Explanation. - For the purposes of this sub-clause,-
"royalty" shall have the same meaning as in Explanation 2 to clause (vi) of sub-section (1) of section 9;
"fees for technical services" shall have the same meaning as in Explanation 2 to clause (vii) of sub-section (1) of section 9;
16.2 It is manifest from the plain reading of provisions of sec. 40(a)(i) that an amount payable towards interest, royalty, fee for technical services or other sums chargeable under this Act shall not be deducted while computing the income under the head profit and gain of business or profession on which tax is deductible at source; but such tax has not been deducted. The expression 'amount payable' which is otherwise an allowable deduction refers to the expenditure incurred for the purpose of business of the assessee and therefore, the said expenditure is a deductible claim. Thus, section 40 refers to the outgoing amount chargeable under this Act and subject to TDS under Chapter XVII-B. There is a difference between the expenditure and other kind of deduction. The other kind of deduction which includes any loss incidental to carrying on the business, bad debts etc., which are deductible items itself not because an expenditure was laid out and consequentially any sum has gone out; on the contrary the expenditure results a certain sums payable and goes out of the business of the assessee. The sum, as contemplated under sec. 40(a)(i) is the outgoing amount and therefore, necessarily refers to the outgoing expenditure. Depreciation is a statutory deduction and after the insertion of Explanation 5 to sec. 32, it is obligatory on the part of the Assessing Officer to allow the deduction of depreciation on the eligible asset irrespective of any claim made by the assessee. Therefore, depreciation is a mandatory deduction on the asset which is wholly or partly owned by the assessee and used for the purpose of business or profession which means the depreciation is a deduction for an asset owned by the assessee and used for the purpose of business and not for incurring of any expenditure.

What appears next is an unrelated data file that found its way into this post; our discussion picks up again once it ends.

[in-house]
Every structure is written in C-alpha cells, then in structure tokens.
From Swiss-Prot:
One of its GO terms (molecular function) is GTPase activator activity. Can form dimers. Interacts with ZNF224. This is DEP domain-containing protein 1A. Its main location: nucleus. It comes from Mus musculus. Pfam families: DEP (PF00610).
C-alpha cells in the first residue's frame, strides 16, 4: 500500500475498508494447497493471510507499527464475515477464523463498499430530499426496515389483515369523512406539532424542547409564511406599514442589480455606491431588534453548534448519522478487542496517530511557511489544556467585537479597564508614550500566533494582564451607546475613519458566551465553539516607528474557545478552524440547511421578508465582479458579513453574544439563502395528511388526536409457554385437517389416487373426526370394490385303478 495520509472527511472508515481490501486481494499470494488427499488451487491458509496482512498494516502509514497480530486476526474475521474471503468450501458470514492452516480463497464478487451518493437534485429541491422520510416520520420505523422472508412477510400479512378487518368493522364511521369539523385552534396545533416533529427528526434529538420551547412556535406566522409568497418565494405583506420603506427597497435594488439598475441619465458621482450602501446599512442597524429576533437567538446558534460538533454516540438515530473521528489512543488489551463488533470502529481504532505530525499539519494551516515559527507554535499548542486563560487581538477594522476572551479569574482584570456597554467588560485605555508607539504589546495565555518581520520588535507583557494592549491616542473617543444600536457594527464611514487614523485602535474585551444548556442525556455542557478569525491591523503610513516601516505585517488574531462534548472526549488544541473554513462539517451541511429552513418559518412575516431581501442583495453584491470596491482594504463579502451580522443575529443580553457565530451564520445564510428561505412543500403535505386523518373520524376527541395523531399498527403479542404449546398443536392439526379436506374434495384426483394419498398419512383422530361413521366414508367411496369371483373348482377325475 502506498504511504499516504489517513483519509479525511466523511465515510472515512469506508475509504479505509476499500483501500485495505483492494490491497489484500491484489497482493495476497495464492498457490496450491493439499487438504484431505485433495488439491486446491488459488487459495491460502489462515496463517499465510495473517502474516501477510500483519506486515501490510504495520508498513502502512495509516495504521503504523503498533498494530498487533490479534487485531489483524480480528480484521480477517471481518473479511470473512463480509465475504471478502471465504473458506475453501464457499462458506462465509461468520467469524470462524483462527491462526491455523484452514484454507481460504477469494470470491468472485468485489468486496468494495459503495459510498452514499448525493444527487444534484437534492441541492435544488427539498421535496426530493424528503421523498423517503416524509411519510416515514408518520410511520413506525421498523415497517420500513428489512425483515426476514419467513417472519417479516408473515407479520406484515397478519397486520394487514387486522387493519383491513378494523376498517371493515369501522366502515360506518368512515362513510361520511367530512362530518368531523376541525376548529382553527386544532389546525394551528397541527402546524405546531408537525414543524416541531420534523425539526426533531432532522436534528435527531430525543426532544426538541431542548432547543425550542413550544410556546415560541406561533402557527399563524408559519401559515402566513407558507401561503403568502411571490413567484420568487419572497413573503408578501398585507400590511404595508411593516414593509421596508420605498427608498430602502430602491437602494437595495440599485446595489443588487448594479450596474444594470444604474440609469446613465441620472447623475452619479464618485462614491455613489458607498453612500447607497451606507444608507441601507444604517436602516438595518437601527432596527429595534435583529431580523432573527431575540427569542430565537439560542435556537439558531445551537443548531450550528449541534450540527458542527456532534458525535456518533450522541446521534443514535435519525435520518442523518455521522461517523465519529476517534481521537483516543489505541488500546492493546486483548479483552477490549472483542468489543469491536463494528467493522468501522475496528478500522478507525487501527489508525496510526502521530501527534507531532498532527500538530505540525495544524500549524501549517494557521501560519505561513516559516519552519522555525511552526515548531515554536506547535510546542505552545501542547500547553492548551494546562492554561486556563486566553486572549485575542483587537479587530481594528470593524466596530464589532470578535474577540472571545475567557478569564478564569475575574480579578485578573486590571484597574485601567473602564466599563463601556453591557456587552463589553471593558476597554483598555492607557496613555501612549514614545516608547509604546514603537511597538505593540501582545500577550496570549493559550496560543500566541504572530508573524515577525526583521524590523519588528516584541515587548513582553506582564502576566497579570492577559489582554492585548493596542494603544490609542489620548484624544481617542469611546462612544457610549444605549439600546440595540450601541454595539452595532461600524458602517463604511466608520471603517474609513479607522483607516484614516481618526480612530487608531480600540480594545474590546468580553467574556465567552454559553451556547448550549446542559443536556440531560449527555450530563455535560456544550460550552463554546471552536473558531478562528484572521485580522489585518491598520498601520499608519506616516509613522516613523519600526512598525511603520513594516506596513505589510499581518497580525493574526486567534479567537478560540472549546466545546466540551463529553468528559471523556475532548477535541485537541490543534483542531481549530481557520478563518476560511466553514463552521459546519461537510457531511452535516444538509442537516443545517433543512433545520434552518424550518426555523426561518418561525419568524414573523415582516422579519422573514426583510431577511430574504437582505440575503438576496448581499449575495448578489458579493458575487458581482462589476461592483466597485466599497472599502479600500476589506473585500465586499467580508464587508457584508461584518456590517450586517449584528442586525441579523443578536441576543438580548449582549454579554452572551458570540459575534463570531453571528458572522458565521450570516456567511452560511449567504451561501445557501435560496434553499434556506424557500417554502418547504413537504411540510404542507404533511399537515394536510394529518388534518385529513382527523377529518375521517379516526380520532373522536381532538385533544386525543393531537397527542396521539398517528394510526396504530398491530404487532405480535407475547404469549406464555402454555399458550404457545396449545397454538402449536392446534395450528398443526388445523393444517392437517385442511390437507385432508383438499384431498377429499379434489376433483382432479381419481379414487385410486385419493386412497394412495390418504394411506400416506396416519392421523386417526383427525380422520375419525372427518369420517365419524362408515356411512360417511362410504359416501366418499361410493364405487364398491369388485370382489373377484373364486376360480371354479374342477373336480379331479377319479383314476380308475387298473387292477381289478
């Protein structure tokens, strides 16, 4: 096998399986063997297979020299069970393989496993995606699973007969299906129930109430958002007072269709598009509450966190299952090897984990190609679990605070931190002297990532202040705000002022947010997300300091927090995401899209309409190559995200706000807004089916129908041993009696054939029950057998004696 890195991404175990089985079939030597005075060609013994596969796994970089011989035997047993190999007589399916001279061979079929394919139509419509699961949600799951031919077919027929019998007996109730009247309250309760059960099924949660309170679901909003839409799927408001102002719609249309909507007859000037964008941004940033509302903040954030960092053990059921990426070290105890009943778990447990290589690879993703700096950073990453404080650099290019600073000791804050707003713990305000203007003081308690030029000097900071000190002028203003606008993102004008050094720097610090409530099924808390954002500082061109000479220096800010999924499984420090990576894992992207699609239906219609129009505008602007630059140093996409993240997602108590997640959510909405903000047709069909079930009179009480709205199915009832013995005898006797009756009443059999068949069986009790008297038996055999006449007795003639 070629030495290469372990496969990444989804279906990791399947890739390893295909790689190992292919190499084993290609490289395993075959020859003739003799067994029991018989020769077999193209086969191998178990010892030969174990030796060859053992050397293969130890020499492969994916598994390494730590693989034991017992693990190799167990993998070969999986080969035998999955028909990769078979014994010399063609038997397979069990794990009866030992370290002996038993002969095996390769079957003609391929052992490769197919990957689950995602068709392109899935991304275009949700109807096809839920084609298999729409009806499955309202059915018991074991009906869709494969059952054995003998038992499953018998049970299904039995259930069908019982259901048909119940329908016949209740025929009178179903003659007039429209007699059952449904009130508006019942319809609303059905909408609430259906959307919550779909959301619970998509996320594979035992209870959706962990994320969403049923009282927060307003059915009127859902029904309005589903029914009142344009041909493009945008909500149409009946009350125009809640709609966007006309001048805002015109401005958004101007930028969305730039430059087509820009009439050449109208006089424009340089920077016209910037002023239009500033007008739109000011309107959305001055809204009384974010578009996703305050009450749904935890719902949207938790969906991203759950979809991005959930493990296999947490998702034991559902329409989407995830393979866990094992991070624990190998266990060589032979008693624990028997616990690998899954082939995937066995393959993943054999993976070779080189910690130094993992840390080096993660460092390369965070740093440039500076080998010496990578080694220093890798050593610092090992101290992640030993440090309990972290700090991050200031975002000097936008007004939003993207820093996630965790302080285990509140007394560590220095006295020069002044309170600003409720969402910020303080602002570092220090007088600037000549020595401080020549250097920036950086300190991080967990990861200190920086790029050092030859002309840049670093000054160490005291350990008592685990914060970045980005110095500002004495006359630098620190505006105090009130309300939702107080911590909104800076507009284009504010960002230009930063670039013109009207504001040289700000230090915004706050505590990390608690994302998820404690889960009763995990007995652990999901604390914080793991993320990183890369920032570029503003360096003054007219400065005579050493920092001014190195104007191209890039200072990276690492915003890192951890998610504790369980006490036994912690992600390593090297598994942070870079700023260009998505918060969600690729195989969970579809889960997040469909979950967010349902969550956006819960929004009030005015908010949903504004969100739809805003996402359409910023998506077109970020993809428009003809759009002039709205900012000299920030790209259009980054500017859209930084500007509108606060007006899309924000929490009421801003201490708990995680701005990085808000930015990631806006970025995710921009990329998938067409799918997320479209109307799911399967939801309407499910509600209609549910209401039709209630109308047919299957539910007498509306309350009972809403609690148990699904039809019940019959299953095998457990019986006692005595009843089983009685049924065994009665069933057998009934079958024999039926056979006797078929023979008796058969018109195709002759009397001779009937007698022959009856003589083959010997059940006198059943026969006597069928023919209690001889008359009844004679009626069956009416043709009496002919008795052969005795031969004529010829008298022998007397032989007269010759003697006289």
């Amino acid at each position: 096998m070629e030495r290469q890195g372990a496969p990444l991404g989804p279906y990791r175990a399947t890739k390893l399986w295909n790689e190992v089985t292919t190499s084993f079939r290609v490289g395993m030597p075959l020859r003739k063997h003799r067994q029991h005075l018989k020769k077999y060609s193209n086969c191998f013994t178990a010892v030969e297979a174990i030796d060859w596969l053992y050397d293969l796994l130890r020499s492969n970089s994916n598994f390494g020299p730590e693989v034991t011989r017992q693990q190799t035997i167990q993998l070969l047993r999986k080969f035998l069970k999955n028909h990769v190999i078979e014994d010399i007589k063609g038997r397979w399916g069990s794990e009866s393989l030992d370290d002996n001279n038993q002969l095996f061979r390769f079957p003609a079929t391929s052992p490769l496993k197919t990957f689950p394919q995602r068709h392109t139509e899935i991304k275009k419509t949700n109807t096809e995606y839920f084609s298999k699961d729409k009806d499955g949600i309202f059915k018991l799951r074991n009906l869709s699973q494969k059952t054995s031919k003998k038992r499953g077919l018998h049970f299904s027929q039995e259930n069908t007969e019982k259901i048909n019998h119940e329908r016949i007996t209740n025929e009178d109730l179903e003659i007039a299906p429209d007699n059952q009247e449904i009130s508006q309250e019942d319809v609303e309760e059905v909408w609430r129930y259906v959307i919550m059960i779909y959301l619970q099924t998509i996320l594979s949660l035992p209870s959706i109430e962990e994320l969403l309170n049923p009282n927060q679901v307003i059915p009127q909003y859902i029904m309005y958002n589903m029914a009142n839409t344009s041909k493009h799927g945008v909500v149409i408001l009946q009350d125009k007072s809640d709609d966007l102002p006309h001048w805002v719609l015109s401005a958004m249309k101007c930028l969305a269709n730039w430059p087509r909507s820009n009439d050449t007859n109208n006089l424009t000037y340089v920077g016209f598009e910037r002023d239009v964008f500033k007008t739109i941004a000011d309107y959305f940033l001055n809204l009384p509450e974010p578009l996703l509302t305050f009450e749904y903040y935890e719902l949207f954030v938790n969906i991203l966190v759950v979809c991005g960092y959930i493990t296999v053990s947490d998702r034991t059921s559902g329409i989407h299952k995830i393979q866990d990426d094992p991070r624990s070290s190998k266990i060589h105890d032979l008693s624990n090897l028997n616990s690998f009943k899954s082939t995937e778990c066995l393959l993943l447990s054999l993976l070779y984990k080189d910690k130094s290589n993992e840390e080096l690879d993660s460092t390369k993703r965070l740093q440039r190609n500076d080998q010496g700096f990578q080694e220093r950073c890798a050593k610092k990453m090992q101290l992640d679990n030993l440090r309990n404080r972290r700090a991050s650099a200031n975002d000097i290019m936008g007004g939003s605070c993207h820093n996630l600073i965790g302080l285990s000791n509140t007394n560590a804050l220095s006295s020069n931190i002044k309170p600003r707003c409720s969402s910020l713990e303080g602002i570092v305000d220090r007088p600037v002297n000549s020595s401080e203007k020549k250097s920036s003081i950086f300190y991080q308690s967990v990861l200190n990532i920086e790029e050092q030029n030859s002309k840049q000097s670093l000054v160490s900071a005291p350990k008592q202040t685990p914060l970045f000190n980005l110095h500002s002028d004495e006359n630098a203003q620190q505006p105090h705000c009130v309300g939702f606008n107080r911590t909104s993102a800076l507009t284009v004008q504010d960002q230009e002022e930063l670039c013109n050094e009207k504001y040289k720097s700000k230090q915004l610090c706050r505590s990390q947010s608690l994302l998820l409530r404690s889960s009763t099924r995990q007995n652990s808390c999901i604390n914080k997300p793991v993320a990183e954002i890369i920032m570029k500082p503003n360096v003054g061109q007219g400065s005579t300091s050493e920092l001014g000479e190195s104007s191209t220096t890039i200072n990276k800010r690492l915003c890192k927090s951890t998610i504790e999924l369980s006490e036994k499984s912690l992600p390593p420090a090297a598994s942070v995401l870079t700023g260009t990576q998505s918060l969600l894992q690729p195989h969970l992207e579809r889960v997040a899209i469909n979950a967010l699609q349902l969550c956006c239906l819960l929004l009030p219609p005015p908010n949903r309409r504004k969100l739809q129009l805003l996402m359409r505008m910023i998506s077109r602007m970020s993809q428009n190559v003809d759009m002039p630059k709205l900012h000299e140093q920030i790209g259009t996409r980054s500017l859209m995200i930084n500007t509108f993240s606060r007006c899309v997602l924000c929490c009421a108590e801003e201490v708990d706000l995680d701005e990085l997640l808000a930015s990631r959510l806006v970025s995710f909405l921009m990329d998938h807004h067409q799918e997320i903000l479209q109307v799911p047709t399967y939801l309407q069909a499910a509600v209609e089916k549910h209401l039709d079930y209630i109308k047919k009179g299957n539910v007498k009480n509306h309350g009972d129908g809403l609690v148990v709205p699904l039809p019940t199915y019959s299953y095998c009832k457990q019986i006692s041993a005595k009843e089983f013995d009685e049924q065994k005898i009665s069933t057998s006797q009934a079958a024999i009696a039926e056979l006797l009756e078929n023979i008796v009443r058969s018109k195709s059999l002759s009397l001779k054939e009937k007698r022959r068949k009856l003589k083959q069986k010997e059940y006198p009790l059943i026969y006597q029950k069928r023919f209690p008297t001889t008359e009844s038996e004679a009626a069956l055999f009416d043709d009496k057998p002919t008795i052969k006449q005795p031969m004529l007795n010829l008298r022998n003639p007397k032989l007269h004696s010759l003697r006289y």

16.3 The deduction u/s 32 is not in respect of the amount paid or payable which is subjected to TDS; but is a statutory deduction on an asset which is otherwise eligible for deduction of deprecation. Depreciation is not an outgoing expenditure and therefore, the provisions of sec. 40(a)(i) of the Act are not attracted on such deduction. This view has been fortified by the decision of the Hon'ble Punjab & Haryana High Court in the case of Mark Auto Industries Ltd. (supra) in pars 5 & 6 as under:
"5. Adverting to questions (ii) and (iii), the issue which arises for consideration is whether the assessee could be disallowed claim for depreciation under Section 40(a)(i) of the Act on the ground that the payments made for technical know-how which had been capitalized, no tax deduction at source has been made thereon. The Tribunal while accepting the plea of the assessee, in para 3, had noticed as under: